Some plot points in Toy Story 4 are discussed below, but nothing you can't really glean from the trailers.
Toy Story 4 raises an odd metaphysical question: Are we what we are solely because of another's designation?
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Consider the strange, twisted tale of Forky (Tony Hale). A spork rescued from the trash and combined with some googly eyes, a pipe cleaner, popsicle stick, and clay, Forky, aside from being incorrectly named (shouldn't it be Sporky?) by his creator, gains sentience upon having "Bonnie" scrawled upon his deformed feet.
For Forky, this is a horrifying fact. But it should be mildly disturbing for the rest of us as well. After all, if that's all it takes for these inanimate objects to gain sentience, are there not a whole discarded class of objects that earn self-awareness after brief bouts of servitude as playthings? Does every stick that gets picked up and used as a Stormtrooper's blaster spend the rest of its existence questioning its horrifying existence as a piece of rotting wood destined for the chipper? If a small child picks up a piece of poop and treats it like a toy, does it turn into Shitty and yearn longingly for the compost heap?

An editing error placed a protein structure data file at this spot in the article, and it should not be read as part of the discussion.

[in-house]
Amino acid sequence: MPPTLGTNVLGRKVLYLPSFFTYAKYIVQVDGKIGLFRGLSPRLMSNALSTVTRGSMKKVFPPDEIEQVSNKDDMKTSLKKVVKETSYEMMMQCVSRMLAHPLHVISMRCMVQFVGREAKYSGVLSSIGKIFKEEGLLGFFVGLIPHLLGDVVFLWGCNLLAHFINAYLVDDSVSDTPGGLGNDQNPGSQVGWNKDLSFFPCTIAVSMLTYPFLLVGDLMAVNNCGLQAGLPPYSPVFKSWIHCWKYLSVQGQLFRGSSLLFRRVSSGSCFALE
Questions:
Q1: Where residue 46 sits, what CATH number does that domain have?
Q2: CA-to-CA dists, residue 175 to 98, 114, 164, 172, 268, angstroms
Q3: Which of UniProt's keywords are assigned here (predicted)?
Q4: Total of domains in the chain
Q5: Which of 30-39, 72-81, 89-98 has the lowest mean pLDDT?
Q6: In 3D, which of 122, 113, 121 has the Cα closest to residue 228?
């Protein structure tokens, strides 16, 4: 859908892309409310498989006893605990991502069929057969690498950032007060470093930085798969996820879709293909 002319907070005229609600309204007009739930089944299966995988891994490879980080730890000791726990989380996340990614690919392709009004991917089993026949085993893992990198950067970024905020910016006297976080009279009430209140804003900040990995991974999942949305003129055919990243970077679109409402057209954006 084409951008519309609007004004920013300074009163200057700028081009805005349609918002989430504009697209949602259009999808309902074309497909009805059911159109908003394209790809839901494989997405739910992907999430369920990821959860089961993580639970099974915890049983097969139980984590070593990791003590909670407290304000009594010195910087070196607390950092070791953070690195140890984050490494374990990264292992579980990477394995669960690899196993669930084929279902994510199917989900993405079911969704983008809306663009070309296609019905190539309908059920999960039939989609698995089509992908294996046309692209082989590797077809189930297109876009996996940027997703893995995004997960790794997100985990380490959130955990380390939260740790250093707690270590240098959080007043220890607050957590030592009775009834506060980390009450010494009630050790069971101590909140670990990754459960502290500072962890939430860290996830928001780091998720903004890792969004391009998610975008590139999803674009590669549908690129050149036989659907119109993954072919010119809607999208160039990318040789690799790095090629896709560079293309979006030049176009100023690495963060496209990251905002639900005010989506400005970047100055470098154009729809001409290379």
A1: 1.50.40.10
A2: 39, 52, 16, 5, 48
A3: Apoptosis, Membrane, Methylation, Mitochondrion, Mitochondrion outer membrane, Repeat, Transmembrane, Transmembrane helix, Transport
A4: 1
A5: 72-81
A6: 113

Odder still, Forky seems to have some memory of his pre-life: He wants to live in trash, where it's warm and safe. He is trash. That's his role. To be used once and discarded.
And this is what Toy Story 4 is about, more or less: knowing one's role in the world, one's place and what to do with oneself, one's responsibilities, and to whom one owes those responsibilities. For Forky, that abomination before the eyes of God, this means learning that he has responsibilities as a toy, to provide comfort and care to the little girl who brought him to life. For Woody (Tom Hanks), it means something different: knowing when the time for care has passed and when one must let go.
All of which is to say that Toy Story 4 is really about parenthood. Woody waxes poetic about having watched one of "his" kids grow up—Andy, the owner from the first three movies—and feeling less useful the second time around, with Bonnie. She cares for other toys. Woody's tired. He doesn't have much left to do; other than convincing Forky of his purpose and making sure he doesn't run off into the garbage, leaving Bonnie bereft, Woody is adrift. One kid has grown; the other grown distant from him.
Is he still Bonnie's toy, really, if she has no use for him—if his designation has changed?